Do You Really Need a
One of the most satisfying things
about a good audio system is great bass. I'm not talking about thumpy, boomy,
kid-in-the-muscle-car-at-the-traffic-light bass, but clean low-frequency sound that has
adequate level and -- more important -- that reaches down into the bottom octave of the
Speaker design is mostly about bass. Obviously, attention
has to be paid to the other parts of the spectrum, but the box itself is almost entirely
designed for bass performance. In the early days, the only way to get really good
low-frequency output was to put a big speaker in a big box. The result was a speaker (mono
then) the size of a refrigerator.
Much of the effort since then has been to get big-box sound
from a small enclosure and the speaker companies have had some remarkable success in doing
this. But there is a definite limit; it may be too much to ask a box with an internal
volume of less than a cubic foot to put out much in the way of low bass. And yet, as
multichannel home-theater systems become more popular, it's just that sort of speaker most
people are choosing; only the most opulent setups can accommodate five or more full-size
One result has been the increasing employment of auxiliary
bass units, or subwoofers. The term is not always accurate, as many of them don't in fact
operate in the bottommost octave of the audio band -- 20Hz to 40Hz -- but instead function
as a normal woofer removed from the rest of the drivers. The common satellite/subwoofer
arrangement used in surround-sound systems depends on there being a subwoofer, as the main
speakers generally don't even try to reproduce the lowest notes.
But even if your system employs full-range speakers, at
least for the main channels, a subwoofer might well be advisable. In fact, their original
purpose was to supplement the low-frequency output of conventional stereo speakers and to
tame some acoustic problems that could arise in listening rooms.
Sound behaves very differently at the extremes of the
audible range. It all has to do with wavelength: the distance from the peak of one sound
wave to the next as it moves through the air. Treble sounds have very short wavelengths,
measured in fractions of an inch at the highest frequencies. Our ears are very sensitive
to when a given sound arrives at each ear; if it arrives at the left ear slightly ahead of
the right, we use that as a clue to place the sound off to the left.
Because the wavelengths are short compared to the distance
between our ears, we can hear such differences readily, and so the careful placement of
midrange and high-frequency speakers is very important if we are to hear instruments or
sound effects in their proper positions. But these speakers need not be very big, so the
small satellite speakers used in many surround-sound systems can be placed optimally with
regard for directionality and imaging without being very obtrusive.
With normal stereo speakers, placement is important for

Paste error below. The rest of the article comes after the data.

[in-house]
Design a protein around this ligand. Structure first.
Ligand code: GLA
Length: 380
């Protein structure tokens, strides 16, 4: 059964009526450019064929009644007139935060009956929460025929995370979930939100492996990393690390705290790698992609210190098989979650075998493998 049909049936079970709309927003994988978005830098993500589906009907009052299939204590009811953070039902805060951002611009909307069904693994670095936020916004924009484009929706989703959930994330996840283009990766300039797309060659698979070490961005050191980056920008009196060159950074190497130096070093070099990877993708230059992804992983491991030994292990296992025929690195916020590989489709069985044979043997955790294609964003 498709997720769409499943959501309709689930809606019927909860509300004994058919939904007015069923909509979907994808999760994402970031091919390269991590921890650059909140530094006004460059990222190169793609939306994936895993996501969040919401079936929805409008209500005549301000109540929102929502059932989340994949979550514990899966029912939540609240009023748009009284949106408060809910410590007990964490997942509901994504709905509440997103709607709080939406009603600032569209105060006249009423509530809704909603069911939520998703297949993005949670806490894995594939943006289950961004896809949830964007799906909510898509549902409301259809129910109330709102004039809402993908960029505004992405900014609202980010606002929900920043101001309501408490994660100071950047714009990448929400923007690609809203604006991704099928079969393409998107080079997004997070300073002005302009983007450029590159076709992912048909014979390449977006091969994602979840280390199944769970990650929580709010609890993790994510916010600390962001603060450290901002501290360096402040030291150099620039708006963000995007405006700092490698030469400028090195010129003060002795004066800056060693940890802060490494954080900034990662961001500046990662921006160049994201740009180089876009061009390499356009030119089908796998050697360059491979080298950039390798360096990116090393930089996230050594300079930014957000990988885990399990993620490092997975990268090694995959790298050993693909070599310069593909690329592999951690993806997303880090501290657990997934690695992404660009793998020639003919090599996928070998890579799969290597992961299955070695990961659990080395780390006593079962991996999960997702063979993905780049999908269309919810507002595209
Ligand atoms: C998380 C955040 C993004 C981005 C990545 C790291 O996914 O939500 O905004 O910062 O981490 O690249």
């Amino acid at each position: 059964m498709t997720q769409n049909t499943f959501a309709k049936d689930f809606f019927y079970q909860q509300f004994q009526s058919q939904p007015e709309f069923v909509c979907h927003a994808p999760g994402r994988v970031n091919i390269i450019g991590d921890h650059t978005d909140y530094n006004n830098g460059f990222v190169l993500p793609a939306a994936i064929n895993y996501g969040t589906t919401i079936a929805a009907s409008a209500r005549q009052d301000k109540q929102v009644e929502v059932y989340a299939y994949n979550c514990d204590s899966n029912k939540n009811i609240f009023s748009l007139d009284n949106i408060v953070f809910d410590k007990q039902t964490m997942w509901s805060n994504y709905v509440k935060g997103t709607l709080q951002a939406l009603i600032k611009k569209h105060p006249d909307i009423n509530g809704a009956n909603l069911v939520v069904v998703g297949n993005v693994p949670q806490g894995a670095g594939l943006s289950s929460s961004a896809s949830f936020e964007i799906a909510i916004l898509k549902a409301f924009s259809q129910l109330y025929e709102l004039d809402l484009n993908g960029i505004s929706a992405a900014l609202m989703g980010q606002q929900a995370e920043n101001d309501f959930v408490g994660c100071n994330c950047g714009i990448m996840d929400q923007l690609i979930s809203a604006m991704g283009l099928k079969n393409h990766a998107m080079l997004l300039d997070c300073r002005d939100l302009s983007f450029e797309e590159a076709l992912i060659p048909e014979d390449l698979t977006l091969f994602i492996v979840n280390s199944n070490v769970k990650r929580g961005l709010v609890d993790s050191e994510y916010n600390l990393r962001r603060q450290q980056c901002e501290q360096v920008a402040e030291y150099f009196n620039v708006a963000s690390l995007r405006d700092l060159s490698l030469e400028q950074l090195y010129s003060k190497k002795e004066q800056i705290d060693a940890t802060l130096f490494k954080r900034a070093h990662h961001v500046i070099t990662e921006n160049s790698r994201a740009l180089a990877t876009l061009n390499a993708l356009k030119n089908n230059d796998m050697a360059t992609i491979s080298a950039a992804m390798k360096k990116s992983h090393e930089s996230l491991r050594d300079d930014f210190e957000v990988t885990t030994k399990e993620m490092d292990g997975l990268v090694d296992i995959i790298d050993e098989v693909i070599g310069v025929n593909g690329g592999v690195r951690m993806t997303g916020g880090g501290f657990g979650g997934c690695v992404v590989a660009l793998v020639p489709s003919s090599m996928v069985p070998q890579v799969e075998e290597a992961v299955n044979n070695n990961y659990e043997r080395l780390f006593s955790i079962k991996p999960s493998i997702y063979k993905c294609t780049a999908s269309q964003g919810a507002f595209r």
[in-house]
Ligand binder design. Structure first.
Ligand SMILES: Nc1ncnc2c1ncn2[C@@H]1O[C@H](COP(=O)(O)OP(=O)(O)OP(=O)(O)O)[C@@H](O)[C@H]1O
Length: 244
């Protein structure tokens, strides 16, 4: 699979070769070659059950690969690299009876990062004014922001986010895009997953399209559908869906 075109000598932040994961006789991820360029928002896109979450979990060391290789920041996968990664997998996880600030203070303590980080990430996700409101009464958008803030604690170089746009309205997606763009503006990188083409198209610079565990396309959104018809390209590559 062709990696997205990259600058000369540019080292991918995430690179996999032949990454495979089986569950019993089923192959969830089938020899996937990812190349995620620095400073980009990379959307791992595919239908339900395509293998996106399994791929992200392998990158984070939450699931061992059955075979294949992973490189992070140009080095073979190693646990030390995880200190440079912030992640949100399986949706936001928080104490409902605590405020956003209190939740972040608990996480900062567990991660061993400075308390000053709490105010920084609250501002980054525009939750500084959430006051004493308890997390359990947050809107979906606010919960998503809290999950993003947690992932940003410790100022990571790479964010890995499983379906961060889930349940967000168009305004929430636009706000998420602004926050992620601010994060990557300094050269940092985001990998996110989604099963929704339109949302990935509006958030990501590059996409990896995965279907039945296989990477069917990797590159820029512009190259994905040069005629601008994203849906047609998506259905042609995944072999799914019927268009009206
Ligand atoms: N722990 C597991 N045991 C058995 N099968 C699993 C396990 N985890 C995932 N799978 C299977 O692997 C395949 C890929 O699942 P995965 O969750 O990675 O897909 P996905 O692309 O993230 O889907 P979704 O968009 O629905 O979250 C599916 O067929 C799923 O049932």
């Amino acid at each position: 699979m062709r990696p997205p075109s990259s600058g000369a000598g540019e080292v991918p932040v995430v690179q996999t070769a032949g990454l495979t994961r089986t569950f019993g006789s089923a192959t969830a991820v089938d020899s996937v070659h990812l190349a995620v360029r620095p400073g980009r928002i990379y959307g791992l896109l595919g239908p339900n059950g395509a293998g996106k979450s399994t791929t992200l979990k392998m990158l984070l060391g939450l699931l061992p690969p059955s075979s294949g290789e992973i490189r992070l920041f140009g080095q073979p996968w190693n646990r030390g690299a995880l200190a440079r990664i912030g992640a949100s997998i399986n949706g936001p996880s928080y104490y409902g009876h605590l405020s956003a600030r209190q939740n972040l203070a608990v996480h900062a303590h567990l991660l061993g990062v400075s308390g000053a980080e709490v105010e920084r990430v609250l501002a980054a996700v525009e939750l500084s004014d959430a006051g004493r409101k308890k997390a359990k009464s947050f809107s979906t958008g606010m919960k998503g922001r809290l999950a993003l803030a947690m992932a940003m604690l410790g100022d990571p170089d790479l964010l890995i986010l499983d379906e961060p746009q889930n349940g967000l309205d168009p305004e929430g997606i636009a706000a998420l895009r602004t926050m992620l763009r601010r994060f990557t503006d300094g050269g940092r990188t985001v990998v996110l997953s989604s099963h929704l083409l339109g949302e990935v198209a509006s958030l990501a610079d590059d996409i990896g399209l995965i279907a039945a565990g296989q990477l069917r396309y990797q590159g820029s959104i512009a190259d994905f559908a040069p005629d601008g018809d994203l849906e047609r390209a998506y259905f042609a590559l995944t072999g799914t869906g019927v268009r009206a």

imaging, too, and since the woofers are usually in the same box, they go along for the
ride, even though that might not be ideal in terms of the portion of the audio range they
have to handle.
The wavelengths in the lowest frequencies are measured in
tens of feet, and that can cause acoustic problems in the sorts of rooms we usually listen
in. The main villain is the "standing wave," where the wavelength of a
particular sound is an even multiple of one of the room's dimensions. Since our rooms are
usually rectangular or square, the sound begins to bounce back and forth between the
parallel surfaces, and because the wavelength has a simple mathematical relationship to
the distance between the surfaces, the peaks and troughs of the sound waves recur at
exactly the same points in the room.
If you stand where the peaks reinforce themselves, the
sound will be incredibly boomy; if it's where the troughs coincide, you will hear
practically nothing. And its all different with different notes, which results in
very uneven response in the low frequencies, with some sounds becoming overpowering and
others barely audible.
It's position-dependent, and often moving the speakers only
a slight amount will smooth out these irregularities adequately. Trouble is, moving the
speakers to fix the bass may louse up the imaging.
Fortunately, one aspect of sound in the lowest octaves --
below about 80Hz -- is that they are essentially non-directional, so if you take the
woofers out of the main enclosure and put them where they behave themselves in terms of
standing waves, you normally aren't aware of the bass coming from anywhere but the
location of the main speakers.
By the same token, adding a true subwoofer to a normal
stereo setup can reduce some acoustic problems without requiring you to move the main
speakers, and the sound will blend with the main channels smoothly even if the bass unit
is across the room. But it is generally only necessary in the most intractable of
circumstances: it's a tool to solve a problem that should only be used if in fact you have
that problem. Otherwise, adding a subwoofer just to punch up the bass is likely to result
in poorer sound rather than better.
...Ian G. Masters